Supporters of Bashar al-Assad received 200 seats in the Syrian Parliament


BAAS, who along with allies joined the coalition of the “national progressive front”, got 200 out of 250 seats in the people’s Council of Syria, said the Agency Tashim. The names of all new members was announced by the election Commission of the country.

A list of coalition consisted of 200 candidates, and they were elected.

Elections to the people’s Council of Syria was held on April 13. 250 mandates fought 3,5 thousand of candidates (14 people): representatives of Pro-governmental coalition “national progressive front”, headed by the ruling Baath party; representatives of political parties, established after the adoption of the Constitution of the SAR in 2012; some combination of “inner” (the so-called Patriotic) opposition and independent candidates. The mandates are divided according to the provinces; most of the seats in the national Council — 52 — the province of Aleppo.

The elections were held on the territories controlled by the government, that is, in 12 of 14 provinces: the exception Idlib and raqqa, controlled by militants of the “Islamic state” and “Dzhabhat EN-Nusra” [both organizations are banned in Russia]. Refugees from these provinces could vote in polling stations at the place of temporary residence.

More than 7 thousand polling stations worked from 07:00 until midnight — five hours longer than originally scheduled time. Higher judicial Committee for elections argued that high turnout, but exact figures are not officially named. The turnout threshold was not set — the Syrian authorities have declared the elections a priori valid.

The counting of votes began on the morning of April 14. On the voting day the Syrian CEC warned that counting could take two days: a voter could vote for 20 candidates, and the ballots counted manually.

The vote provided for in the current Constitution, adopted by referendum in February 2012. According to the document, the elections of the people’s Council should be held every four years. Previous parliamentary elections were held in may 2012. Assad set the date of elections on February 22, 2016 — after the presidents of Russia and USA Vladimir Putin and Barack Obama endorsed a truce in Syria on February 27.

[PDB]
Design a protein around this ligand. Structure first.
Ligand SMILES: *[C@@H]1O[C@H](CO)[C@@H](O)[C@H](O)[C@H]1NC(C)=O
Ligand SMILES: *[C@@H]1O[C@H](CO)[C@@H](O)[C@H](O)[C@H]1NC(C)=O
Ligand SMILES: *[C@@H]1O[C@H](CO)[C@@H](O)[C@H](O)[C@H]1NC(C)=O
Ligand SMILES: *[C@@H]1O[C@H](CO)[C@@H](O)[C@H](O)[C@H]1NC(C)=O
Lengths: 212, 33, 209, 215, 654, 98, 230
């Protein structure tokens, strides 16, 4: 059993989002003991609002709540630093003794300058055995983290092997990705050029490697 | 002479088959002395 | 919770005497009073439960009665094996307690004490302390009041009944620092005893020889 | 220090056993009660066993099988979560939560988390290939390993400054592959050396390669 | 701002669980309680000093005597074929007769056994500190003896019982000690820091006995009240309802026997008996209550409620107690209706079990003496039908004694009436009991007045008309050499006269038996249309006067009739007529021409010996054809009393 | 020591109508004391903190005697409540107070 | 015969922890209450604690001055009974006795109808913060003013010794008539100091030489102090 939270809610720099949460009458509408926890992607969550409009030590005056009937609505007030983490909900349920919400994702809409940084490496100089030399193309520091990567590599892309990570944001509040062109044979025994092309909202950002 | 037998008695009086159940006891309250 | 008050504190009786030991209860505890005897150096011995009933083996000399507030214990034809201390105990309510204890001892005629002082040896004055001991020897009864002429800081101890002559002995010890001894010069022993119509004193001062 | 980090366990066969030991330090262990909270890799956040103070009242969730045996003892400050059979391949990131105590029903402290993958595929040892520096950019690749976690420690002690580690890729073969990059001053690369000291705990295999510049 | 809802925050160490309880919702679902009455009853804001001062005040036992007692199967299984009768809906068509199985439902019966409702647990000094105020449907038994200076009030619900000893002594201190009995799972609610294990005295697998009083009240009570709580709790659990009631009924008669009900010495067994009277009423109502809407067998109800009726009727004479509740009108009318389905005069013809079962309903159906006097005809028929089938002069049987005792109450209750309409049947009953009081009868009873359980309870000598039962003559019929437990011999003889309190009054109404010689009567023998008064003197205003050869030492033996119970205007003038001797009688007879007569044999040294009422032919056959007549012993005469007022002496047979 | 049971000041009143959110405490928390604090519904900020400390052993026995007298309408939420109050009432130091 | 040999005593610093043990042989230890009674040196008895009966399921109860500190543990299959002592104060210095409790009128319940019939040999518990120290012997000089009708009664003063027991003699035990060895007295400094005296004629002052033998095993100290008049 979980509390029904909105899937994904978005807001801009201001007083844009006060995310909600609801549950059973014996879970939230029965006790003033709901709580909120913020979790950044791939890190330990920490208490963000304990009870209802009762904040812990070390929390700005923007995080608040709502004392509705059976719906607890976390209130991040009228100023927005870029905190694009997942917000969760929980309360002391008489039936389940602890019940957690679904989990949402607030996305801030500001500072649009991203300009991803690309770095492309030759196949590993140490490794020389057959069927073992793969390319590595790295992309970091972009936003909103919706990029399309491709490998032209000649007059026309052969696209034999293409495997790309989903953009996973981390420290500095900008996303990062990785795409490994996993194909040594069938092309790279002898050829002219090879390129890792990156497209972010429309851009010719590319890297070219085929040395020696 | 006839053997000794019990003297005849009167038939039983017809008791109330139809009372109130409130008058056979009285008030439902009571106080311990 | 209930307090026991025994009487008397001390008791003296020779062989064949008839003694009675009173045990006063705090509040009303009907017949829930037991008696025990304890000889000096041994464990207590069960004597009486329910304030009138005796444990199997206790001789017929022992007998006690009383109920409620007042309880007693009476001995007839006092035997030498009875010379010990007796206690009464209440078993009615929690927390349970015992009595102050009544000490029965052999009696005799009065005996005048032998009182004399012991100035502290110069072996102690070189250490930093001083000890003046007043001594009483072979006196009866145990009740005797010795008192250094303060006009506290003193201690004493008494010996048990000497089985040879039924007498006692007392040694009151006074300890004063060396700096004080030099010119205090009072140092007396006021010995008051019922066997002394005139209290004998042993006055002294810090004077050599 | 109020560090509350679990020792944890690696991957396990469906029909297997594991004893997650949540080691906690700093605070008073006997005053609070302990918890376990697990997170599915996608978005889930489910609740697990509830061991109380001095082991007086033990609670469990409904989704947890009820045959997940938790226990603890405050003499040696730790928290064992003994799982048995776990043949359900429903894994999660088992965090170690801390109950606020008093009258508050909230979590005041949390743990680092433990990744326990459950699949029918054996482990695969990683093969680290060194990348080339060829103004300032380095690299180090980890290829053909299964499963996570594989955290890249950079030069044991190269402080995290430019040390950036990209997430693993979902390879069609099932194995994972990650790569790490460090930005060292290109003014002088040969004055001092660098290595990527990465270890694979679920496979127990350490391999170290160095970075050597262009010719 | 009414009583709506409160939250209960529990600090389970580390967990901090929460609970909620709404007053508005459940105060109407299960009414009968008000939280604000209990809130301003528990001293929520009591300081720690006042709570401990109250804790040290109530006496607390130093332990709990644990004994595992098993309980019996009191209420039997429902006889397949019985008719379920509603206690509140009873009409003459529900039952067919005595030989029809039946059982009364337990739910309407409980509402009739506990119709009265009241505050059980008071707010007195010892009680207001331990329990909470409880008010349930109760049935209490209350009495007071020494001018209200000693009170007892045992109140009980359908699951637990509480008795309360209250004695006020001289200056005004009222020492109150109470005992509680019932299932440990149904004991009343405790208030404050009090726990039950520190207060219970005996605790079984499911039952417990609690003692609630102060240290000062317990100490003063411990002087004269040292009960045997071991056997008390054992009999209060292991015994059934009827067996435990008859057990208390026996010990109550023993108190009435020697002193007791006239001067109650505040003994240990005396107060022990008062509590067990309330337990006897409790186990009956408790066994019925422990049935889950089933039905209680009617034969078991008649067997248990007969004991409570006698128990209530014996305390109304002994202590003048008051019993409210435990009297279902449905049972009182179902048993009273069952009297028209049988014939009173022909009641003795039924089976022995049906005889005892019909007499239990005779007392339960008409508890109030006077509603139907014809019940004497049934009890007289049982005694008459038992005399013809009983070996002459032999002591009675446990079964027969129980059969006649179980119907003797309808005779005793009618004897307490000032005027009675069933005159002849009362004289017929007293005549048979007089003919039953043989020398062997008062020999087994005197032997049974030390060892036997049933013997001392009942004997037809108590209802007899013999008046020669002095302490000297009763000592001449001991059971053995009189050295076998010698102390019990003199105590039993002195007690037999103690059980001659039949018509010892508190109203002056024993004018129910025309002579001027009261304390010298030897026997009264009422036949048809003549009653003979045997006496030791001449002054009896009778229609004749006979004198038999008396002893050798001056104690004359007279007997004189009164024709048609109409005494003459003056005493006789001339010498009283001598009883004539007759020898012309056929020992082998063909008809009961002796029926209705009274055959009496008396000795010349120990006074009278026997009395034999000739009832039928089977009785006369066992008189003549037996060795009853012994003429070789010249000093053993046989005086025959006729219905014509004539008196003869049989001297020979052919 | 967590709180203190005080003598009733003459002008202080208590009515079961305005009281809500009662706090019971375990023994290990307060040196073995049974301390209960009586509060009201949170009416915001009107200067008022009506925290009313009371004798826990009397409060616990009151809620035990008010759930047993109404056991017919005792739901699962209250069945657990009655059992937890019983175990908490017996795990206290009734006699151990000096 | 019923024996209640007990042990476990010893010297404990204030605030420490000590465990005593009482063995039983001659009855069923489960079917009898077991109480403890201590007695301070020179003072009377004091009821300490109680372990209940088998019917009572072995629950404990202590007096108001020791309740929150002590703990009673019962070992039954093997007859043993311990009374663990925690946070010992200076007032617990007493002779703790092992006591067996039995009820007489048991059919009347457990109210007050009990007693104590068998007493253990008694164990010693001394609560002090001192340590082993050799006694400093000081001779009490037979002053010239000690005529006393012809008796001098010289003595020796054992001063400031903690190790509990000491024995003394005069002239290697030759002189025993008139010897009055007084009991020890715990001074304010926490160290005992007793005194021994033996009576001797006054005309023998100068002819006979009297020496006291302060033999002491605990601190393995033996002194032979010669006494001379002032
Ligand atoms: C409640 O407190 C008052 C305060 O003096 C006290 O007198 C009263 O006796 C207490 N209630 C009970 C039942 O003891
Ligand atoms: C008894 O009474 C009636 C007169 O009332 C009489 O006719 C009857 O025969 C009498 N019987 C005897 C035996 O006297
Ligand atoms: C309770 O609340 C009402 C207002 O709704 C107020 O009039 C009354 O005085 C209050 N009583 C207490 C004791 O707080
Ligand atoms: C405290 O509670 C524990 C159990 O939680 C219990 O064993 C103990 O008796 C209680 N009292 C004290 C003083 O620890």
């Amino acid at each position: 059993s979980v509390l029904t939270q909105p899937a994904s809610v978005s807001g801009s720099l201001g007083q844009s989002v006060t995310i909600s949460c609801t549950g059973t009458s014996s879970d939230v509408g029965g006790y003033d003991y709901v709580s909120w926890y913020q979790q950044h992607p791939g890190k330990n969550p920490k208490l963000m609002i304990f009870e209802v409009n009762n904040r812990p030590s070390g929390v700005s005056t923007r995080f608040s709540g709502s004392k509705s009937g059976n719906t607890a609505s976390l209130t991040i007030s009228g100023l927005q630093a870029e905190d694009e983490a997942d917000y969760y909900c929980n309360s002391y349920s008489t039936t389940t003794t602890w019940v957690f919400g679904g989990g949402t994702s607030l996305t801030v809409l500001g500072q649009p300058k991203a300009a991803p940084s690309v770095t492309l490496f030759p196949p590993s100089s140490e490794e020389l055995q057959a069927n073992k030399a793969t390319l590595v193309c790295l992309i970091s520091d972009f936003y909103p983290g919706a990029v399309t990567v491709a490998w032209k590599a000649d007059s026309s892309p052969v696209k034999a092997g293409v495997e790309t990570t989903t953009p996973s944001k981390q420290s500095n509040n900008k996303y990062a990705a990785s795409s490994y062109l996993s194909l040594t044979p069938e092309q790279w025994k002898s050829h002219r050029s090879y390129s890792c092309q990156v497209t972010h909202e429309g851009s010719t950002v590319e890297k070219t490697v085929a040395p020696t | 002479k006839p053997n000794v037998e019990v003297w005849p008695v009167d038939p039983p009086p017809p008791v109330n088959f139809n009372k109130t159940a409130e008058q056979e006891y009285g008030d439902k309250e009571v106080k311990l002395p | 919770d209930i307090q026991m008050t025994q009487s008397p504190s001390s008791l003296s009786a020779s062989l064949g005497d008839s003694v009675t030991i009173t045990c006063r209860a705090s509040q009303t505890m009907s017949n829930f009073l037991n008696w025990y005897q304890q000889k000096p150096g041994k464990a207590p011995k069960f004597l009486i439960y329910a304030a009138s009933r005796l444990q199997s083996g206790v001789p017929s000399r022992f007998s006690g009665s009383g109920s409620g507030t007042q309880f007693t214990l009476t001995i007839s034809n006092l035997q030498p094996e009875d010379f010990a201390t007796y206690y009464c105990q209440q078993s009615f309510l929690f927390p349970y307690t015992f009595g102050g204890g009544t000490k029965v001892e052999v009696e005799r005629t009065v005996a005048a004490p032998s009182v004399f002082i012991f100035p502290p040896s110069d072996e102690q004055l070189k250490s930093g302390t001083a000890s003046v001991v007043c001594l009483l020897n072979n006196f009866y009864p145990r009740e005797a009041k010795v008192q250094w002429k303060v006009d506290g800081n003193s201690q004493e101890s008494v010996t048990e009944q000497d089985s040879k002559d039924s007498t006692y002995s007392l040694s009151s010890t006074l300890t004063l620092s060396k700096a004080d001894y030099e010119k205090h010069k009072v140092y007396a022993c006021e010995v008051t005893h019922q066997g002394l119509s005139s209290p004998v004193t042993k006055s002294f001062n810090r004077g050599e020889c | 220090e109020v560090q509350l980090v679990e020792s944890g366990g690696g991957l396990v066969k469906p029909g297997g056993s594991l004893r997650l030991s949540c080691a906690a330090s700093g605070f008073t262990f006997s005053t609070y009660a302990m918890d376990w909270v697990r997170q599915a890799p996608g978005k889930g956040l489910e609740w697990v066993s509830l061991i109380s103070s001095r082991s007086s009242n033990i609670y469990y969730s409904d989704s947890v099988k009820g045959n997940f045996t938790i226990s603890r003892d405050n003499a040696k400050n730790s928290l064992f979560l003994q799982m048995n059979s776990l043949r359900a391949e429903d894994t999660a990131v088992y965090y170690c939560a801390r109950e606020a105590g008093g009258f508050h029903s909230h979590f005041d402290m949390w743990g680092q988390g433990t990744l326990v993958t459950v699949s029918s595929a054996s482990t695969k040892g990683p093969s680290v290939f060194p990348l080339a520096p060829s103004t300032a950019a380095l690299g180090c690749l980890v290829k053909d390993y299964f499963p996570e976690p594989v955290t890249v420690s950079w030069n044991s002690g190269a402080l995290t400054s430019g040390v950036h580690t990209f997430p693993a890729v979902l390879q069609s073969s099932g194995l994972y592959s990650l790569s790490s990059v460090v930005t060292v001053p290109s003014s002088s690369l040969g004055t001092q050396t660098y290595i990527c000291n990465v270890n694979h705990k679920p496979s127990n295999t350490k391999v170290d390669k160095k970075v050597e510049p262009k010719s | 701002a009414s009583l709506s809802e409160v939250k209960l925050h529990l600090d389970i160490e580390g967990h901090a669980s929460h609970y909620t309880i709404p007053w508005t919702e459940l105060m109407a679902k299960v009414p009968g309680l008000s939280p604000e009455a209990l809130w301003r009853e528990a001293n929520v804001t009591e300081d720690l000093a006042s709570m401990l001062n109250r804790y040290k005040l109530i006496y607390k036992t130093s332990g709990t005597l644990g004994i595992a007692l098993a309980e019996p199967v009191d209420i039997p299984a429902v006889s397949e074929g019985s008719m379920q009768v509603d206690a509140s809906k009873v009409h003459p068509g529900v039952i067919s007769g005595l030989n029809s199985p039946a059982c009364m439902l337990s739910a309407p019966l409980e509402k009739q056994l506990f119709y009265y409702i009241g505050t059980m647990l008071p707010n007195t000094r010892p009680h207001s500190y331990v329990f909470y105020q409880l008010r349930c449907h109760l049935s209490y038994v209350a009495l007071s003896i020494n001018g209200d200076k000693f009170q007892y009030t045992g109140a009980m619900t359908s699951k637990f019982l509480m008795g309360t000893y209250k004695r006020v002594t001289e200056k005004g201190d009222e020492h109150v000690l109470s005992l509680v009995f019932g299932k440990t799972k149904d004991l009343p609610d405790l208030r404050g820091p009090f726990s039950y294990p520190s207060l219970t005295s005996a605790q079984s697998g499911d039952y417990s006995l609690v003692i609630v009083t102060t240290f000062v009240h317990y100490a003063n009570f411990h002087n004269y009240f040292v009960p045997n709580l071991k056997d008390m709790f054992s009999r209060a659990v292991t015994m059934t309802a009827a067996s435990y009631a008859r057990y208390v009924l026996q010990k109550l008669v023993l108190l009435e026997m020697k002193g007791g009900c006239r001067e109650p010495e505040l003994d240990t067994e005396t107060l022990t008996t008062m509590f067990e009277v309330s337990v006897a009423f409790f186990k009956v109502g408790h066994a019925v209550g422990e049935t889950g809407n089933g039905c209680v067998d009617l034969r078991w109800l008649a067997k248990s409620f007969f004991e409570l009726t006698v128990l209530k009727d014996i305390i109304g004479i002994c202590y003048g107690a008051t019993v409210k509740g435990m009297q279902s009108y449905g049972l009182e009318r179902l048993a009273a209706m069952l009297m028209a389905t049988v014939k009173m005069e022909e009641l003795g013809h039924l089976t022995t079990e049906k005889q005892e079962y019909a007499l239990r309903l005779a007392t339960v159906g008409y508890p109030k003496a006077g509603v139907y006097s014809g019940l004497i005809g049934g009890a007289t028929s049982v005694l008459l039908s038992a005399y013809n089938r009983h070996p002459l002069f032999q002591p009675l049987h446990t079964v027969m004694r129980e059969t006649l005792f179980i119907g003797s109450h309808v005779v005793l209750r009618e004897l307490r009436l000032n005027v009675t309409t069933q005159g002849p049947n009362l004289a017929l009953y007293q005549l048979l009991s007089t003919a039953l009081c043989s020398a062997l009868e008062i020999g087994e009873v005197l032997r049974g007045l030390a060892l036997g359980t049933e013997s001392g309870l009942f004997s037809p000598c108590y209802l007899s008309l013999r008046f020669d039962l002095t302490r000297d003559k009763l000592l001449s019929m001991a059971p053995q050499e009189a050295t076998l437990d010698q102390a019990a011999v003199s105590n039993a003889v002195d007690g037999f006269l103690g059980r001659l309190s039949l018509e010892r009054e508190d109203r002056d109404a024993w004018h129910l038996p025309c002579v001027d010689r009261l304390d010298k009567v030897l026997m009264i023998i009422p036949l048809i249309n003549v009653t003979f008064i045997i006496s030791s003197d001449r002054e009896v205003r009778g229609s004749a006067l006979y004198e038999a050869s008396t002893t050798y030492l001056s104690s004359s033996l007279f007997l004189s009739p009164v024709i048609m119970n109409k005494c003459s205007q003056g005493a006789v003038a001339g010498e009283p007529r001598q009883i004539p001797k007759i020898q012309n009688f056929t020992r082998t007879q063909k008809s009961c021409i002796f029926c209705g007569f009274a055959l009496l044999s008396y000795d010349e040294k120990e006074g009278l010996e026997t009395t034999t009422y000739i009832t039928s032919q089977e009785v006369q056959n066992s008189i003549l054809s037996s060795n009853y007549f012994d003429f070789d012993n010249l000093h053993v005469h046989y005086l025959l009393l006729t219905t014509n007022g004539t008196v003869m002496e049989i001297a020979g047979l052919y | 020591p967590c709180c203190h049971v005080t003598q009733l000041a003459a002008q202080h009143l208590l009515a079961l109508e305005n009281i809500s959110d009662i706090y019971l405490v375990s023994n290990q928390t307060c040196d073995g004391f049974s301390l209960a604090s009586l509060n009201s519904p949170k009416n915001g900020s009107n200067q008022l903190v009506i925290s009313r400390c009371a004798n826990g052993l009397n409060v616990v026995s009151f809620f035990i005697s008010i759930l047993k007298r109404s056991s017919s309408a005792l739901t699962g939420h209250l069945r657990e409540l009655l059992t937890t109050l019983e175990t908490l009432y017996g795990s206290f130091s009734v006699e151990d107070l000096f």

The “external” opposition in the face of established in Riyadh, the Higher Committee on negotiations [unites various opposition groups established the Syrian dissidents in the territory of other countries]; some “internal” [group created directly in Syria], the Syrian Kurds, as well as the USA, France, Germany and the UK — announced the boycott of the elections even before they started, considering them premature and illegitimate.

In the opinion of political opponents of Assad, the elections are contrary to the stated objectives of the Geneva talks, including the establishment of a transitional government, the drafting of a new Constitution and holding her on the basis of parliamentary and presidential elections with the participation of international observers.

Moscow, a key ally of the Assad government, in contrast, believes that the peace process elections do not contradict. “[We] believe that the election ensure the functioning of the governance institutions provided for by the Constitution of this country. This role is to prevent vacuum in this field — designed to play today’s election, so we have to treat this”, — explained the Minister of foreign Affairs of Russia Sergey Lavrov [quoted by TASS].